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GAME 3: LAKERS 87, CELTICS 81

Back from the dread

They roll with the punches from the Man and the Machine

June 11, 2008|BILL PLASCHKE

They won, right?

I mean, this counts and everything, right?

The most appropriate chant was "Air-ball," and the most spectacular dunks were the ones they missed.

Pau Gasol shot a ball over the backboard, Kobe Bryant kicked a missed free throw to the referee, and Lamar Odom scored exactly two more baskets than you.

But they still won, right?

The Lakers' 87-81 victory over the Boston Celtics in Game 3 of the NBA Finals Tuesday is official, correct?

Indeed it is, a fact initially confirmed with 38 seconds left when Lakers executive Jeanie Buss jumped into a Staples Center aisle and began dancing.

A second confirmation appeared at the final buzzer, when Boston's Kevin Garnett looked up into the darkened ceiling and began screaming.

The Lakers won. And when they awaken today after sleeping off the bricks and blunders, none of them will care how.

"It was not a beautiful ballgame," said Lakers Coach Phil Jackson. But he was smiling when he said it.

The Lakers have finally bared their knuckles in a Finals that is starting to look like a mixed-martial arts brawl, and the results were tattered and terrific.

Eight minutes from falling behind an historically insurmountable three games to none, they charged back to win their first Finals game and come to their first Finals realization. They're not the only ones who can stink.

It was to their eternal benefit that on this night, the Celtics played even worse.

Paul Pierce made two shots, Garnett six. They shot 35% and looked exhausted doing it.

Still, with seven minutes left, the Celtics led by two points, at which point the weary and desperate Lakers rolled up their sleeves and threw the only jabs they had left.

The Man and The Machine.

The Man is, of course, Bryant, who scored nine points in the final seven minutes, carrying the Lakers home on the strong shoulders of an MVP.

The Machine is, well, Sasha Vujacic. Seriously. That's his nickname, a moniker bestowed as much for irony as performance. He's the sort of machine invented by a nutty professor, sometimes running amazingly smooth, other times smoking and sputtering and clanking to a halt.

On this night, he was the most brilliant of contraptions, scoring 20 points, hitting three three-pointers, keeping the Lakers upright when they should have been flat.

"We didn't play a great game, we didn't play not even good," he said in his distinct Slovenian diction. "We were just fighting, and that was the key."

Before the fourth quarter, that fight could have been between The Man and The Machine.

Moments before the Lakers' comeback, Vujacic threw up a quick three-point attempt that clanged off the rim as an open and angry Bryant gestured and bellowed.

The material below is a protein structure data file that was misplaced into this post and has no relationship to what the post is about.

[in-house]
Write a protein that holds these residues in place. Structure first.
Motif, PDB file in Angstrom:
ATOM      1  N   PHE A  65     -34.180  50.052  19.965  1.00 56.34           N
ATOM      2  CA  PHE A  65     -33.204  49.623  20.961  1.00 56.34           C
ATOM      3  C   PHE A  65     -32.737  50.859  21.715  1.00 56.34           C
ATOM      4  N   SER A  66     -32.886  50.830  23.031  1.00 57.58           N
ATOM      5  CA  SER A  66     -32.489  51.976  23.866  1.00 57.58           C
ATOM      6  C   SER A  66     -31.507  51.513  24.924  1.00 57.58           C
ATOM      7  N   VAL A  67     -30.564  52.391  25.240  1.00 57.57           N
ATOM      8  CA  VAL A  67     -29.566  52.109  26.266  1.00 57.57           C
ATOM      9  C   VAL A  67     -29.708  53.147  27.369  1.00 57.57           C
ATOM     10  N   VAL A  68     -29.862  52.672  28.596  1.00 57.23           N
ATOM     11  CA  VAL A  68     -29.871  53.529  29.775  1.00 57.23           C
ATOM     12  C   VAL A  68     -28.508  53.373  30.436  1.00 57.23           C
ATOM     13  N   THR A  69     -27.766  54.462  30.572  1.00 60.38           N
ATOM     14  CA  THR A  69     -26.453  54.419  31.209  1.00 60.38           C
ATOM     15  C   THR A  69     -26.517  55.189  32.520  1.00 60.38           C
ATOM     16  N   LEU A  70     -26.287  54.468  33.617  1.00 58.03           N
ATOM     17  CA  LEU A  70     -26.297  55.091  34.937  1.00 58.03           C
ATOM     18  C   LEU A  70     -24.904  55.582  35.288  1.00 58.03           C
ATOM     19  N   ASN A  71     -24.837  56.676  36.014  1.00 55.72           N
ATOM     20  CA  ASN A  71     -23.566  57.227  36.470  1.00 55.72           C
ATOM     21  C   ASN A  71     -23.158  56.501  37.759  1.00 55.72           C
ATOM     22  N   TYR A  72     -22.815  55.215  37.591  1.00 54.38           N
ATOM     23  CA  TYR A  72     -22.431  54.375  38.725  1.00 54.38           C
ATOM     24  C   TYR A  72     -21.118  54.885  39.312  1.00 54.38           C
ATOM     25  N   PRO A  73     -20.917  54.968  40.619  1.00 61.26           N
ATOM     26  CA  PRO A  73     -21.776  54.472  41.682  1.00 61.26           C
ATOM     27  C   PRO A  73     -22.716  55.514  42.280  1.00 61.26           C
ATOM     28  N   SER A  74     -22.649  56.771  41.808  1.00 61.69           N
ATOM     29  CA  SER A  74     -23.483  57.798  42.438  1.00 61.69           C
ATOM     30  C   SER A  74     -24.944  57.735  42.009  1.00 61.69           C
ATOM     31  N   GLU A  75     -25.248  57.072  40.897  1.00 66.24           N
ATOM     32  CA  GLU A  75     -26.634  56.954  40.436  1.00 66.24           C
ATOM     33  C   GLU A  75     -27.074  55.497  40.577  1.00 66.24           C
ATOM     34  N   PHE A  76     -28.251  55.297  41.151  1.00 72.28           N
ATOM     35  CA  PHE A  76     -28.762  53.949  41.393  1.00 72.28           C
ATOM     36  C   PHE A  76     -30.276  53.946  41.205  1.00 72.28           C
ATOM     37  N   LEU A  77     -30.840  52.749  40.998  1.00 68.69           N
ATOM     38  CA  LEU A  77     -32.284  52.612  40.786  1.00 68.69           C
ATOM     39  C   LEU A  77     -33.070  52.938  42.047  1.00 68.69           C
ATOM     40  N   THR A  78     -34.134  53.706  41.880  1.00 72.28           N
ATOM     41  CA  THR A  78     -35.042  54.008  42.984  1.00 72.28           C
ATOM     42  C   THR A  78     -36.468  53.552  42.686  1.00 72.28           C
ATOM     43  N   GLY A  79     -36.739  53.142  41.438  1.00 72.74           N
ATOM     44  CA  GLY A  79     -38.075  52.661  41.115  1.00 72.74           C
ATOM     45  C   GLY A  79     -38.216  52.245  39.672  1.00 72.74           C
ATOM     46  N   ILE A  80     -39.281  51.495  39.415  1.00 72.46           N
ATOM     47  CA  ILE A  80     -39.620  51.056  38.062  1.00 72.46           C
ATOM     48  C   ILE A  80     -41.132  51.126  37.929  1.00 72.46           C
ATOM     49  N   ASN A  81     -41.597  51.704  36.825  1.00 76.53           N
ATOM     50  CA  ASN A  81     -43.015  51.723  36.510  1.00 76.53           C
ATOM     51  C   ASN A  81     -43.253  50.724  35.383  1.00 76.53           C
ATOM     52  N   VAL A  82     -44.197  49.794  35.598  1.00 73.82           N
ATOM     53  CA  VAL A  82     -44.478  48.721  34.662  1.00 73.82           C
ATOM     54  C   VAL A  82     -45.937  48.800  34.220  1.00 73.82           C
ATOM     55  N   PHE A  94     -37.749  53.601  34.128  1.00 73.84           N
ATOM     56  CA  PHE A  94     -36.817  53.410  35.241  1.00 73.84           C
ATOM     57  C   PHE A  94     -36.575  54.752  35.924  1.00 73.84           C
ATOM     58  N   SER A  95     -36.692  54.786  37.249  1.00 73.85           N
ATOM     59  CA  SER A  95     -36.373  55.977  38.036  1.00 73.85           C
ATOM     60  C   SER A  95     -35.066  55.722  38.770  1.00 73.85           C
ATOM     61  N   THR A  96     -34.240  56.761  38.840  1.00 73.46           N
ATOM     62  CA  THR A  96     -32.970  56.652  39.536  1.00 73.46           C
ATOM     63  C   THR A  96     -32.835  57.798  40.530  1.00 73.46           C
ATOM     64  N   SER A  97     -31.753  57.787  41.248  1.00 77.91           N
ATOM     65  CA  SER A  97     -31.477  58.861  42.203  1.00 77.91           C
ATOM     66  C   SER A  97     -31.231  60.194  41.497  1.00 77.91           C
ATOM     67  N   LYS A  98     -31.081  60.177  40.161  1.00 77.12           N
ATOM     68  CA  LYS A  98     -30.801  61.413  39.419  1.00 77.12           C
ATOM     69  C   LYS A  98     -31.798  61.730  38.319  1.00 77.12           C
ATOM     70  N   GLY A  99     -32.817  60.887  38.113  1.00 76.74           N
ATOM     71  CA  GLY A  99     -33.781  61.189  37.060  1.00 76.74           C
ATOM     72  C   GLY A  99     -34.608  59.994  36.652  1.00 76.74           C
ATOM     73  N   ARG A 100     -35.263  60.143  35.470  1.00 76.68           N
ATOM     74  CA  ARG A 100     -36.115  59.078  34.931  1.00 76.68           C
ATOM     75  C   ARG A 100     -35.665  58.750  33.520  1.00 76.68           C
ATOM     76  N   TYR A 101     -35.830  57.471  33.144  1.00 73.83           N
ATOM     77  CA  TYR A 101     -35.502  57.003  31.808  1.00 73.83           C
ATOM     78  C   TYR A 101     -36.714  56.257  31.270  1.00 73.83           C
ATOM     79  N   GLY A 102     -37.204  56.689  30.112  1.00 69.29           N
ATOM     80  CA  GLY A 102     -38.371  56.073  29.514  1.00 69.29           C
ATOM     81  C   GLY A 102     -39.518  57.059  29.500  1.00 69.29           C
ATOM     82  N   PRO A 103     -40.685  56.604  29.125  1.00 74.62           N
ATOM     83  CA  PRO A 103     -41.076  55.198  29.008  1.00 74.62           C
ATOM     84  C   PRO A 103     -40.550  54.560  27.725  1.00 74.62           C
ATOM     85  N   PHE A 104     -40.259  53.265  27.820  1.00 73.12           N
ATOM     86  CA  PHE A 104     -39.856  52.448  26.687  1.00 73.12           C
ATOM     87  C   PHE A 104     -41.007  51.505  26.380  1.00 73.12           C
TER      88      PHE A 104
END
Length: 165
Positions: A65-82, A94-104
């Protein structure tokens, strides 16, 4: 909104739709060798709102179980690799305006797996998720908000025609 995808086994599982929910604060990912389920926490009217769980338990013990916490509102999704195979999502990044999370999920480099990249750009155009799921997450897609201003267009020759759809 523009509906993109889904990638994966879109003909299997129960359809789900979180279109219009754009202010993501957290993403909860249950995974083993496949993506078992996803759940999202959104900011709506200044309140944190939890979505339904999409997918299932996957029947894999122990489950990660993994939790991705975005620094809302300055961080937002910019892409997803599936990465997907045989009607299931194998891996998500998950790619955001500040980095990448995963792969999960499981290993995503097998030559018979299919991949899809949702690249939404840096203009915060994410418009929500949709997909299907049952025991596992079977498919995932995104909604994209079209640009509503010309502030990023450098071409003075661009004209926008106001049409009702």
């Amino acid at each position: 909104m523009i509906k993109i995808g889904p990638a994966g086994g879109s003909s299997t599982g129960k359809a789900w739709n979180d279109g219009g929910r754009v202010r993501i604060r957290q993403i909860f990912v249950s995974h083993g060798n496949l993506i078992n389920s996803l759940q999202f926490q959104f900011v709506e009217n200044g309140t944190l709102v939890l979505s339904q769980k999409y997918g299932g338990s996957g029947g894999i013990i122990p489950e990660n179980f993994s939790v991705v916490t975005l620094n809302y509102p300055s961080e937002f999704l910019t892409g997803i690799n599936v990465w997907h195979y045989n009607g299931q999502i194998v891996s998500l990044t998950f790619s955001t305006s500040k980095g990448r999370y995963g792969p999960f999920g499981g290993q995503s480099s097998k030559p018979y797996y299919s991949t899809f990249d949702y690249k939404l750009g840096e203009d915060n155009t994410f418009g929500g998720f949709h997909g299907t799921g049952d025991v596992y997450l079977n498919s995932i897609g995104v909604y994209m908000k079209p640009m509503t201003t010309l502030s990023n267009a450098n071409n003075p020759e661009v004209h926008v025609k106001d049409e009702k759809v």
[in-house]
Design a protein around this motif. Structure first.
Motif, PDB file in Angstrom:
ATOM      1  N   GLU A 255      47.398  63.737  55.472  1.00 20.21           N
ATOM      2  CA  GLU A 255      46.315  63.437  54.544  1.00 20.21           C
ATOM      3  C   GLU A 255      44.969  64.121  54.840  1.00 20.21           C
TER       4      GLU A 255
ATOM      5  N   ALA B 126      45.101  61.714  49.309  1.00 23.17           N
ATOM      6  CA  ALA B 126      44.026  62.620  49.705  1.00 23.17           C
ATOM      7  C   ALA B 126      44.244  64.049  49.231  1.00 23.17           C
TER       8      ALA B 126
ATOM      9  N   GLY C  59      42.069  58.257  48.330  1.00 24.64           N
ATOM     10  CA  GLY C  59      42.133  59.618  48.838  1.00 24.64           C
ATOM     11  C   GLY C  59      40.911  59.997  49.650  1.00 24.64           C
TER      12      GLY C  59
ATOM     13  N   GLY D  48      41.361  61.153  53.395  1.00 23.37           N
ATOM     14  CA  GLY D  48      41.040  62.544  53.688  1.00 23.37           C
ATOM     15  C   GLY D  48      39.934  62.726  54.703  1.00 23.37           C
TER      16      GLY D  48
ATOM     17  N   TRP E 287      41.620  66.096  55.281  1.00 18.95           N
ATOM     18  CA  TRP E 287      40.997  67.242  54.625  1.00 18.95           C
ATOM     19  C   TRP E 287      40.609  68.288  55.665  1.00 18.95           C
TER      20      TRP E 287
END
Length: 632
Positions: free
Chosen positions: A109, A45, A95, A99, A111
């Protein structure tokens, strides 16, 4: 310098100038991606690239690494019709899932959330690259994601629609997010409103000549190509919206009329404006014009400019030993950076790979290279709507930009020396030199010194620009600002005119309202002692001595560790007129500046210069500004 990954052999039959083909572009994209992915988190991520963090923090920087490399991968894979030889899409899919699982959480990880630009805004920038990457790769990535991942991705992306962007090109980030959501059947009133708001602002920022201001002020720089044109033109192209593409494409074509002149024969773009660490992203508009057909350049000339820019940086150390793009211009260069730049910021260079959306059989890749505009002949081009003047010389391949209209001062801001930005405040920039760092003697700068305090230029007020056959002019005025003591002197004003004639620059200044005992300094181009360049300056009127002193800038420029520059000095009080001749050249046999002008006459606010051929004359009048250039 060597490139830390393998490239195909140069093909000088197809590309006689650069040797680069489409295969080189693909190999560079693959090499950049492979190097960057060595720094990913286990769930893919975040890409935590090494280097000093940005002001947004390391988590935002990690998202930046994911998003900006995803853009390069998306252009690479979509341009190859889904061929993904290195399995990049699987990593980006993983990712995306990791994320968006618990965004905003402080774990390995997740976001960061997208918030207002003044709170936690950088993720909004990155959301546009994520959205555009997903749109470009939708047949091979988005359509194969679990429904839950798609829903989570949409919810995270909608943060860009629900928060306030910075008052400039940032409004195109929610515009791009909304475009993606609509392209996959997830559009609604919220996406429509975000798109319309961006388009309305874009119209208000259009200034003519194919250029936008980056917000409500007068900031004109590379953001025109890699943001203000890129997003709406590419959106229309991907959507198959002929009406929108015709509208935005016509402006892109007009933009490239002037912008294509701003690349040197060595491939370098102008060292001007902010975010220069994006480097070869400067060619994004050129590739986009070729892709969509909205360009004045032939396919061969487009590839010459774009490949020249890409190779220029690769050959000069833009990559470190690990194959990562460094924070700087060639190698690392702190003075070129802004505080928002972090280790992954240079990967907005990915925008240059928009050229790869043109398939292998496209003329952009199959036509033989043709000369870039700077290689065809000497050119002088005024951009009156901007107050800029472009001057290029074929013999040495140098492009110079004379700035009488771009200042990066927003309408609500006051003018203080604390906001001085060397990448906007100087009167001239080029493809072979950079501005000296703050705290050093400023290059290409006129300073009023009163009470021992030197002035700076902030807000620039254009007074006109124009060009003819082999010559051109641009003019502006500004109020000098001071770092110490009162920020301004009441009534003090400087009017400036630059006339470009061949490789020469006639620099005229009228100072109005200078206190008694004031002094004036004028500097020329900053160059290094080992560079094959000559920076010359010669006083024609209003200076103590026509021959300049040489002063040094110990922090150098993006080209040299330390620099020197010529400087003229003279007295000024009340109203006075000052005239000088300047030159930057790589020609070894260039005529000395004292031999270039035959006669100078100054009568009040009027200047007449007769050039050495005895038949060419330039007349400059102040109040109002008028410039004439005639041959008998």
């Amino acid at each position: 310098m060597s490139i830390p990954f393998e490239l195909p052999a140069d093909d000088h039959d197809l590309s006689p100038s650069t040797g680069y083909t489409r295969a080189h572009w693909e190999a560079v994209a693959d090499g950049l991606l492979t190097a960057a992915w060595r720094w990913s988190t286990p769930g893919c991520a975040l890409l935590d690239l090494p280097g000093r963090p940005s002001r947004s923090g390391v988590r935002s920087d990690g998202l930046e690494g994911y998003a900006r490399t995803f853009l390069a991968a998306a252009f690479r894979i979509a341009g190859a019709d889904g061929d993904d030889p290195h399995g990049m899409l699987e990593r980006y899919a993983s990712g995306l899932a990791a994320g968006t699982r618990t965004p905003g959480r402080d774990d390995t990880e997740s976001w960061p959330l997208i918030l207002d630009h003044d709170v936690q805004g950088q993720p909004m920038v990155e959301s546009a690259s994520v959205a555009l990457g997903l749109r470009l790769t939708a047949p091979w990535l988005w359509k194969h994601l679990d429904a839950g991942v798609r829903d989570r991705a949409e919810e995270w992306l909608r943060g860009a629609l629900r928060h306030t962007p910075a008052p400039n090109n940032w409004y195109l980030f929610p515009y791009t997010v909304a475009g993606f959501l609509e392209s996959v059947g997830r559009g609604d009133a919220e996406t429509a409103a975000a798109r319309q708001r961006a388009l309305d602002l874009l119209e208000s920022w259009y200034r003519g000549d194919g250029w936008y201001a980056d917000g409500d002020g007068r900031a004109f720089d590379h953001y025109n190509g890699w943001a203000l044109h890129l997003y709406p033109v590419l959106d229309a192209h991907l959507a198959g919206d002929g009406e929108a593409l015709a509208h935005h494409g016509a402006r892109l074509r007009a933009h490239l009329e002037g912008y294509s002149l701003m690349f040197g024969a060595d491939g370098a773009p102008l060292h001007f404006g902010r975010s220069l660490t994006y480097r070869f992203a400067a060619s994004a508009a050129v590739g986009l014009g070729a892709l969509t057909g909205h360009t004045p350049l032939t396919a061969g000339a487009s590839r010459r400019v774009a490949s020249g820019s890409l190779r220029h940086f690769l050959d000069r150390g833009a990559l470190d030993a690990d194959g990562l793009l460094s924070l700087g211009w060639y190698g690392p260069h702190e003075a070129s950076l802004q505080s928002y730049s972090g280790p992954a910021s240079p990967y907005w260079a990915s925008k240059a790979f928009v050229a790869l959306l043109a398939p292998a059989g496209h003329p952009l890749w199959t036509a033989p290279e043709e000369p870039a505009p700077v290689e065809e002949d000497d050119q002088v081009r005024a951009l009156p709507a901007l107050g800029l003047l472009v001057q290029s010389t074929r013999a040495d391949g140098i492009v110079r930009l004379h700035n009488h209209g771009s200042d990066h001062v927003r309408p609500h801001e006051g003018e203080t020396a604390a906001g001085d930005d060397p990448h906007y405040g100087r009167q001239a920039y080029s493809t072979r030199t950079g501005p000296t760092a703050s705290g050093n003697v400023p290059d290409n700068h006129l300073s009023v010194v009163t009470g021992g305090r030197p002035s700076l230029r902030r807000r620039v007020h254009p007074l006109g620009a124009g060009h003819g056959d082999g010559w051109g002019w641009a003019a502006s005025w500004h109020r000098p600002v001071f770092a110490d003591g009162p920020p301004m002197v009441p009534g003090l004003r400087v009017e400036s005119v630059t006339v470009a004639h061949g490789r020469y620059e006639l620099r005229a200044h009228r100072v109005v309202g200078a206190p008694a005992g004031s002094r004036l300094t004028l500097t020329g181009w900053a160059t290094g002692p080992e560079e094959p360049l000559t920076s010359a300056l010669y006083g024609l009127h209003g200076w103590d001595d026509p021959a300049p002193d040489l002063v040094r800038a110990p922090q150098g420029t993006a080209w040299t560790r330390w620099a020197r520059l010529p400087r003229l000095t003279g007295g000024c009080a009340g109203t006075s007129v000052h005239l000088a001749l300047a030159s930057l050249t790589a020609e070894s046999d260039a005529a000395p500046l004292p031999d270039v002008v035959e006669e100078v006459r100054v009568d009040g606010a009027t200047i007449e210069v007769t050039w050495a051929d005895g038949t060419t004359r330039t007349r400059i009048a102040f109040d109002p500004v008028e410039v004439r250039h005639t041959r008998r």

"He's a little bit of a rock head," Jackson said.

Then he became a little bit of a hero. Vujacic hit a jump shot to tie the game, and then, with 1:53 remaining, he hit a three-pointer to give the Lakers a five-point lead.

"Those are the shots I live for, honestly," he said. "It's fun when you're not playing good, but you're fighting and you have your crowd behind you."

The crowd wasn't the only thing behind the Lakers.

The officials, seemingly acting on the anger of Commissioner Jackson after Game 2, gave the Lakers every early call.

Remember how Jackson railed that the Celtics shot 19 free throws in the first half when the Lakers shot only two?

On Tuesday, in the first quarter, the Lakers won the free-throw battle by an eerily similar margin of 14-2.

By the end of the game, the Lakers had shot 12 more free throws, so everything is even until the next coach complains.

If this sounds like the perception of NBA officiating in this series will be an issue every night of the Finals, well, blame it on something that happened 3,000 miles away.

Hours before the game began at Staples Center, a letter was filed in a Brooklyn federal court essentially alleging that the Lakers' 2002 championship run was fixed.

The allegations came from former NBA referee Tim Donaghy, who is awaiting sentencing on a gambling conviction.

According to the letter, the sixth game of a 2002 playoff series was fixed in order for the series to stretch to seven games. The only seven-game series in the 2002 playoffs was the Lakers' Western Conference final showdown against the Sacramento Kings.

And, indeed, Game 6 of that series was the most controversial Lakers playoff game in years, the Lakers benefiting from dozens of questionable calls before winning.

Everyone acted like they had heard about the letter Tuesday, the players pushing and shoving each other around while the fans howled and argued at seemingly every call.

The Finals have gotten nasty, and is only going to get nastier.

Can the pretty Lakers survive this kind of series?

They won, right?

--

Bill Plaschke can be reached at bill.plaschke@latimes.com. To read previous columns by Plaschke, go to latimes.com/plaschke.

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